On Fri, Dec 29, 2006 at 08:31:34PM +1300, Mark Kirkwood wrote:
> [EMAIL PROTECTED] wrote:
> >I will try again. It is a difficult subject for many.
> >GPL software derived from PostgreSQL must honour the restrictions defined
> >by the PostgreSQL (BSD) license.
> >GPL software derived from OpenSSL must honour the restrictions defined
> >by the OpenSSL license.
> >What is the difference? Do you see it? You speak of "compatibility" as
> >if it means that the above are different in some technical way. They
> >are NOT different. Just because the GPL >= the PostgreSQL license,
> >does not allow you to disobey the PostgreSQL license restrictions. You
> >*cannot* release your entire derived GPL product as GPL, if it is
> >distributed with PostgreSQL. The PostgreSQL component retains the
> >PostgreSQL licensing restrictions, The GPL restrictions do not
> >supercede or replace the PostgreSQL component and there is NOTHING the
> >GPL can do to change this.
> I think the issue revolves around the conditions that GPL stipulates
> about "linking against" libraries requiring the entire product to be
> *distributed* as GPL, even if components have differing licenses. This
> is the so-called "viral" clause that gets much attention!
This is what people are thinking. It's about direction where the grey zone
starts to occur. GPL is viral in that a GPL-derived product must be GPL.
We're not talking about including GPL code in OpenSSL, though. This is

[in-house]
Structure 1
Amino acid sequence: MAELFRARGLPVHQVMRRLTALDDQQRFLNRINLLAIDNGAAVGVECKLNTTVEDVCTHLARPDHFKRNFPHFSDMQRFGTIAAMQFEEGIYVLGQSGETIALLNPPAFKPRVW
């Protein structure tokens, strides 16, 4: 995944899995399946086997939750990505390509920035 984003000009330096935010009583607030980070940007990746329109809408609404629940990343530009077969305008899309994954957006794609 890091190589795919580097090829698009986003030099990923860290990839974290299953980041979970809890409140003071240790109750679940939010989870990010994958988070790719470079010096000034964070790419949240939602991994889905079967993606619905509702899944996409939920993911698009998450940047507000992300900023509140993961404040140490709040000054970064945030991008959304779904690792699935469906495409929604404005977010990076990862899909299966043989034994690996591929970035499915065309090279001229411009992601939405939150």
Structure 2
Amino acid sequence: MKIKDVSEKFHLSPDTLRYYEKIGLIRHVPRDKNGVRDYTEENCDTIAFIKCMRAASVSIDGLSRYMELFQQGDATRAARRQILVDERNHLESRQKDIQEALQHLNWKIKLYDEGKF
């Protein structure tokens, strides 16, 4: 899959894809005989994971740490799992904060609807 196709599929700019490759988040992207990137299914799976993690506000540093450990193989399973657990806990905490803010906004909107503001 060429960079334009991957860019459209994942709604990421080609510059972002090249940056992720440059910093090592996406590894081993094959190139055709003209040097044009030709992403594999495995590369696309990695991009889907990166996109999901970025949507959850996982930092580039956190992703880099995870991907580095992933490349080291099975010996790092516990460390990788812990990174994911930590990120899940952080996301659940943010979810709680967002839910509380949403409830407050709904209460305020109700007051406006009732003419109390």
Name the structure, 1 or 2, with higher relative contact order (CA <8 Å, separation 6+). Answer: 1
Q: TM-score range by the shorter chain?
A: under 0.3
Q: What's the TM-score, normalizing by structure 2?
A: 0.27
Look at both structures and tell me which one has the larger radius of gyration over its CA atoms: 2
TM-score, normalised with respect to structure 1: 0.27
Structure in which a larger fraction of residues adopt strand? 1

about OpenSSL as the base library. The GPL cannot stipulate that a GPL
program may only be linked against GPL libraries, or used on a GPL
operating system, on GPL hardware. For example, if GNU coreutils is
compiled for HP-UX. This is "linking against" software that is much
more restrictive than the OpenSSL license. Is Stephen, or the people
whose opinion he is repeating, going to claim that the FSF considers
this an illegal distribution of GNU coreutils?
The GPL can only require that any product *derived* from the work
licensed with the GPL, only be derived from by products which are
I'm not that stunned that this is confusing to people. There is so much
invalid information available, and most of us try to stay away from law
as much as possible. It can be overwhelming. :-)
> Now as Tom pointed out, I dunno why OpenSSL suddenly gets so much
> attention, but anyway, just trying to clarify why *in principle* that
> Stephen F is talking about a valid *possible* interpretation of the
> licensing maze...
Thanks for the input.
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